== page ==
Despite the copious amount of aftersun/Savlon/factor 30 required by yesterdays chronic sunburn resulting in me looking to passers-by like an escaped Flesh Ganger construct from Doctor Who (a reference lost on the Swiss who were only getting round to the end of the third series while we were there) the resulting vantage point gives a clear view of the entirety of Interlaken. While we intended to follow the walking path around the mountain, Julie’s parents had only come along to have something to eat at the restaurant so we spent some time there first as Julie was delighted to have found the same dessert she’d enjoyed a couple of days before at the Schilthorn. I just had a plate of chips. Afterwards we set off to follow the waypoints set out as trails. Feeling confident at our first actual taste of the type of mountain walking I’d expected to be doing the entire trip, we set our aspirations to completing the longer 90 minute route. The initial journey was mostly uphill but having checked my work e-mail this morning and learned first hand that they valued contractors more than their loyal staff I was buoyed up on our hike by having reversed my previous decision and decided to leave to accept the new opportunity offered to me despite the potential pitfalls it opened up. Having informed her of all this while we walked, this was also an opportune moment to remind Julie of her previous promise to buy me an iPad if I took the job…
As time grew suspiciously close to the hour of walking mark without any turn to a reciprocal course being evident. The number of people passing in the opposite direction had tailed off and the path was growing more treacherous underfoot. Since it’d been a while since we saw a waypoint marker it began to dawn on us that we’d taken a wrong turn (or as it’d turn out, hadn’t taken a turn) along the way. Perhaps the fact that we were technically now nearer Lake Brienz than Lake Thun should have been a clue..?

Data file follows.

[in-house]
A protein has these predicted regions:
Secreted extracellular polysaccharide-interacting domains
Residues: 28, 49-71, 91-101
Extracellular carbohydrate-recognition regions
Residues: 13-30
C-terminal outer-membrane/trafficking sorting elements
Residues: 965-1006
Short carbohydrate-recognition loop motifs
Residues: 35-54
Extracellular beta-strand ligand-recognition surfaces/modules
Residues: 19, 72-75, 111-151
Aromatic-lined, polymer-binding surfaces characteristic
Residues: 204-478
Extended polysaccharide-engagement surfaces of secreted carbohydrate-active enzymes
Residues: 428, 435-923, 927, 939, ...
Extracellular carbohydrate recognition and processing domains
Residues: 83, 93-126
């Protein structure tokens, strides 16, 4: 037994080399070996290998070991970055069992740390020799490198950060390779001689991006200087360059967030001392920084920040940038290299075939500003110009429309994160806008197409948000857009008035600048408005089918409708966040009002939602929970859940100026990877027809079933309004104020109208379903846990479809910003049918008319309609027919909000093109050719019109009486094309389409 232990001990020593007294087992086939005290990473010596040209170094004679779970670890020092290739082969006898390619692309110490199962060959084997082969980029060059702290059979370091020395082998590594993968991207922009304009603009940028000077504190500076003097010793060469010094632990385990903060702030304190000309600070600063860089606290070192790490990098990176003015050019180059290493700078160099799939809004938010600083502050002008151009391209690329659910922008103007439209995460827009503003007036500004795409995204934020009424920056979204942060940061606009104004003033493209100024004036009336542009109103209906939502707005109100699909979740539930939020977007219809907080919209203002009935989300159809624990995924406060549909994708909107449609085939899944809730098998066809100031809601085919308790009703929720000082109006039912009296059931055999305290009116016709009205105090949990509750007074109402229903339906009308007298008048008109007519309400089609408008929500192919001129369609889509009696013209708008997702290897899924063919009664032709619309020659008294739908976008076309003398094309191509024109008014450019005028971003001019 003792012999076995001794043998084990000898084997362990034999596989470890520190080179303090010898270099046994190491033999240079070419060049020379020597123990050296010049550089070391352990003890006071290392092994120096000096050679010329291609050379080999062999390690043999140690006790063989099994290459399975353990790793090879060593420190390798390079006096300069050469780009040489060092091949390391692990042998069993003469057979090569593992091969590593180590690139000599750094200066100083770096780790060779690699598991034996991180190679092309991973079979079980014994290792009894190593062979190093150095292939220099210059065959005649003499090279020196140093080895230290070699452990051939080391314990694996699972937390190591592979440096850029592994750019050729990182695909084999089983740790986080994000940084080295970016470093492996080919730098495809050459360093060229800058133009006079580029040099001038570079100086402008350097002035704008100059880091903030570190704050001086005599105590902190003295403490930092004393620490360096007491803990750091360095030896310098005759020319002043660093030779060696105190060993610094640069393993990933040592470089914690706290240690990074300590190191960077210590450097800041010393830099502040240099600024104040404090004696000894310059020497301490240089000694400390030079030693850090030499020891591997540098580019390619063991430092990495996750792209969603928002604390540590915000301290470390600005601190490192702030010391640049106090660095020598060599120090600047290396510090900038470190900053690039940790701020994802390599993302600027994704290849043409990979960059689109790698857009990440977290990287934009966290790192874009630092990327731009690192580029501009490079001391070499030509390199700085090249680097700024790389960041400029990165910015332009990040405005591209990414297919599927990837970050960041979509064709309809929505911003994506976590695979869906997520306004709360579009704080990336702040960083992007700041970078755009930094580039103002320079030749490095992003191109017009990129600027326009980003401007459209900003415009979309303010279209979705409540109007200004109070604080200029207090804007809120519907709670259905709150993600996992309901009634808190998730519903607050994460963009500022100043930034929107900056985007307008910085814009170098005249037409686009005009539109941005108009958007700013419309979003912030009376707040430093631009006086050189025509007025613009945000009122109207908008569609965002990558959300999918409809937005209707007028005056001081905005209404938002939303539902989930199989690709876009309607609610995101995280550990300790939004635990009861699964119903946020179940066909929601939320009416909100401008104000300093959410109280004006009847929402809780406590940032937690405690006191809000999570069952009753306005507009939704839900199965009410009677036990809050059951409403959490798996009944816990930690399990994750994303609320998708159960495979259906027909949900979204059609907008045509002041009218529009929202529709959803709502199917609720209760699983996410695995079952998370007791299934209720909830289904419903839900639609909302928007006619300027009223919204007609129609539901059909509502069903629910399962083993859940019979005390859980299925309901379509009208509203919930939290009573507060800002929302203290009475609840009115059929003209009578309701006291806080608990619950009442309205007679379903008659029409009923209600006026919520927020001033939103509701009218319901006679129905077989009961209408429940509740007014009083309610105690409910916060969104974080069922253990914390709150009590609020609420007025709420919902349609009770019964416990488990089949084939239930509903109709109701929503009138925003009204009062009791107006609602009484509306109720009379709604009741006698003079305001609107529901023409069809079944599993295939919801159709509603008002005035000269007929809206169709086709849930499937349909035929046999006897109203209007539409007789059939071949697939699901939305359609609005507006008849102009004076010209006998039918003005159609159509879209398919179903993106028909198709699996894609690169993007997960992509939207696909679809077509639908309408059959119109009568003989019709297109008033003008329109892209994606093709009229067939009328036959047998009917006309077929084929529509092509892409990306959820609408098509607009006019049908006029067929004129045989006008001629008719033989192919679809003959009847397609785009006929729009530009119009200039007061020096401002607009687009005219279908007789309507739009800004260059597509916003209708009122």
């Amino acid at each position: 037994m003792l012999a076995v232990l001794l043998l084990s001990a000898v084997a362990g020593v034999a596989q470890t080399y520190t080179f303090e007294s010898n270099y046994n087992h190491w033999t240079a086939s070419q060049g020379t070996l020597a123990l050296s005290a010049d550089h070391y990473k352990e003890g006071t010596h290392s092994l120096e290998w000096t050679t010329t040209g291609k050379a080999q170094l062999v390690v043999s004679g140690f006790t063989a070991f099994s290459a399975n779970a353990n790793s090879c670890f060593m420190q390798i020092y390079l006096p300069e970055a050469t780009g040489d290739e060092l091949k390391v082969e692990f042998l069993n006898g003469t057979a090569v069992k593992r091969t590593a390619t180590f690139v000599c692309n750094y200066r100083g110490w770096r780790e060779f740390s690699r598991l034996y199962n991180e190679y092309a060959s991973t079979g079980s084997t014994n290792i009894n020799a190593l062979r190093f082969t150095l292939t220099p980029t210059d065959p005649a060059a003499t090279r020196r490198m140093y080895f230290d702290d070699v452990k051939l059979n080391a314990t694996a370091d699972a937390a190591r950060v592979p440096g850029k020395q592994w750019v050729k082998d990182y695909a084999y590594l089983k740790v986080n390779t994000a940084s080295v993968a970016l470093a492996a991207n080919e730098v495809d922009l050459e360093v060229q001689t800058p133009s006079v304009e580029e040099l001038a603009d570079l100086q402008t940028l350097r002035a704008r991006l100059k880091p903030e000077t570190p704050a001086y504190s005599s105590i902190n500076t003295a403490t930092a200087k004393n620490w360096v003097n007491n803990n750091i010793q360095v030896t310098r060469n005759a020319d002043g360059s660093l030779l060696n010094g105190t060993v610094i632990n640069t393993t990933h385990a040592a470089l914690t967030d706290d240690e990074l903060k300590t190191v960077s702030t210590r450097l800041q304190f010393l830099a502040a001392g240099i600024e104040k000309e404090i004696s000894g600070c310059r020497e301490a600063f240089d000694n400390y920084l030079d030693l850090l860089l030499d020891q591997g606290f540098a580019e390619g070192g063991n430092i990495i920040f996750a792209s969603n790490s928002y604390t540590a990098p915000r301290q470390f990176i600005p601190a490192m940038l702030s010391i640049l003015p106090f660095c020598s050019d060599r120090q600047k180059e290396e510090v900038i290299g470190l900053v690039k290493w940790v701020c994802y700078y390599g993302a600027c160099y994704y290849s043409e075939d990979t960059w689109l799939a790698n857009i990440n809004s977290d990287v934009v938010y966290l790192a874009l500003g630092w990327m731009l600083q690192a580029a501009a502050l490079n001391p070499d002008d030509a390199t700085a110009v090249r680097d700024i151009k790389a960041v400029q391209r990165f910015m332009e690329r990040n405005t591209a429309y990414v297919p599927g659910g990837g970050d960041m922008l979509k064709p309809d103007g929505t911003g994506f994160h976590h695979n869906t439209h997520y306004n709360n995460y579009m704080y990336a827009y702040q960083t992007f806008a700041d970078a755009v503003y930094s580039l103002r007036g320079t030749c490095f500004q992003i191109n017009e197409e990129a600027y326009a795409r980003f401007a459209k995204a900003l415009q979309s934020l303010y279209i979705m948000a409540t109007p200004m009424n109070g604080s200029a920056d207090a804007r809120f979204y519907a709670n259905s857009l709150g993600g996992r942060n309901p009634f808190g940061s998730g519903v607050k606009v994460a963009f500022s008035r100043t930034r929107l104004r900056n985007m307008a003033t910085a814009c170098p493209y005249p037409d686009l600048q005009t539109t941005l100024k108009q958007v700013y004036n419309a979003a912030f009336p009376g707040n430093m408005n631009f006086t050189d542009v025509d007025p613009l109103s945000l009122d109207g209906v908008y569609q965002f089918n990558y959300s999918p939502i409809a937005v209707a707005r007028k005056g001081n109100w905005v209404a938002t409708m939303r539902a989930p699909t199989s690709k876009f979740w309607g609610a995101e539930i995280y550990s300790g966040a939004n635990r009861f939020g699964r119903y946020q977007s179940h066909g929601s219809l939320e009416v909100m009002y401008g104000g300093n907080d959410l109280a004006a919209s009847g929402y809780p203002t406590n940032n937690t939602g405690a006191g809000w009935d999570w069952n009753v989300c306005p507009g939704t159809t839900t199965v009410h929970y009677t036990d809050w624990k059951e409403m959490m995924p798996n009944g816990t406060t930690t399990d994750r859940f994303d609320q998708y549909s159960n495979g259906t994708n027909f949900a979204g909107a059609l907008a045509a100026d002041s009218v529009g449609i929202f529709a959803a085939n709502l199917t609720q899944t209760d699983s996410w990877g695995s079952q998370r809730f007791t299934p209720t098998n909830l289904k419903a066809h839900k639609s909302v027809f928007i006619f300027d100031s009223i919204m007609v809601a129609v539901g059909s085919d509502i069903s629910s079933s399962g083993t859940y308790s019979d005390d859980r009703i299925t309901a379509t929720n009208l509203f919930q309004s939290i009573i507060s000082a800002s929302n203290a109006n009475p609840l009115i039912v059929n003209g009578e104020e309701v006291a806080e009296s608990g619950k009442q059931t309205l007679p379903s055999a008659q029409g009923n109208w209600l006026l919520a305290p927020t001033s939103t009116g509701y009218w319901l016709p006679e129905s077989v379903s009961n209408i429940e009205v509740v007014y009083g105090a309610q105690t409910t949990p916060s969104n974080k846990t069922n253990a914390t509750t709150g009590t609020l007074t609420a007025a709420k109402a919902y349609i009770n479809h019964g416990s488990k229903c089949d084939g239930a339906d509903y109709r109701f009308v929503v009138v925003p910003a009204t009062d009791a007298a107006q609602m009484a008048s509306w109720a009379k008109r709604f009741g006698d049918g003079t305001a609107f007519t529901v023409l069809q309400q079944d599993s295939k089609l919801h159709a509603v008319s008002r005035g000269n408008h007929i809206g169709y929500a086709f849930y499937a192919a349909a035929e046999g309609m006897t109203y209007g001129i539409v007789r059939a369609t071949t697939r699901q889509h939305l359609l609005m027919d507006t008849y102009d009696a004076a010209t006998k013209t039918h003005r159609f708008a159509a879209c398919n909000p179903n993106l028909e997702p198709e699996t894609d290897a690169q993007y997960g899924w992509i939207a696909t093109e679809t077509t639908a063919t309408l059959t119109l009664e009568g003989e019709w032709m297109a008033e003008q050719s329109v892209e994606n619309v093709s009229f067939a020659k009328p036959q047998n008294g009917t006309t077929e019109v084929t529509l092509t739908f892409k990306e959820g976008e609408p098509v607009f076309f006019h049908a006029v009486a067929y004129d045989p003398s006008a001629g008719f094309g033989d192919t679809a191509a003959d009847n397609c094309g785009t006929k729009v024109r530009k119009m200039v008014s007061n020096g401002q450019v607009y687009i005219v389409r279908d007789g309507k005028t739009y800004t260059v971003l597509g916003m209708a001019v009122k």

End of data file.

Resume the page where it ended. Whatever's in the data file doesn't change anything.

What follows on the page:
Luckily the Mootoo Twins had been out hiking as well and were waiting at the point where our path should have verged off to the right to point us in the correct direction to head back to Interlaken. Judging by the confusion of the couple of people we met on our journey back though we weren’t the only ones to have missed the relevant signposts though…
Phone signal at the top of Europe: Three bars and 3G coverage…
I can’t even get coverage like that in the office, FFS.
Took a series of trains from Interlaken up the Jungfraubahn to the Jungfraujoch railway station at an altitude of 11,388 feet. Despite the warm summer weather when we left the apartment we emerged from the tunnel system in the mountain onto the snow-covered glacier.
The site here offers the visitor the chance to ski, snowboard and sledge as well as ride a death slide from higher up the cliff face partway across the glacier.
We paid for a day pass to use the sledge and tube run. The tubes are, as the name suggests large rubber rings which you sit in and slide down a bumpy slalom course.
This was literally hours of fun, interspersed with more run of the mill sledge rides, so much so that despite her warnings to put on sun-cream both Julie and I ended up sunburned on the top and, thanks to the sunlight reflecting off the snow, bottom of our faces. It was something of a regret that we didn’t purchase the all-in-one activity ticket which would have included access to the death slide and the snowboarding as well, the latter being an activity I’ve often thought of trying but never have, but I believe I mistakenly understood the ticket vendor as to requiring previous snowboarding experience to be allowed to try it.
Our snow based activities then continued by helping the Mootoo Twins modify a small snowman to more closely resemble themselves, before we headed inside the mountain again to get the lift up to the observation deck.
Then we finished off our visit by going back down into the glacier to explore the ice caves before heading back to the station for the train back to Interlaken.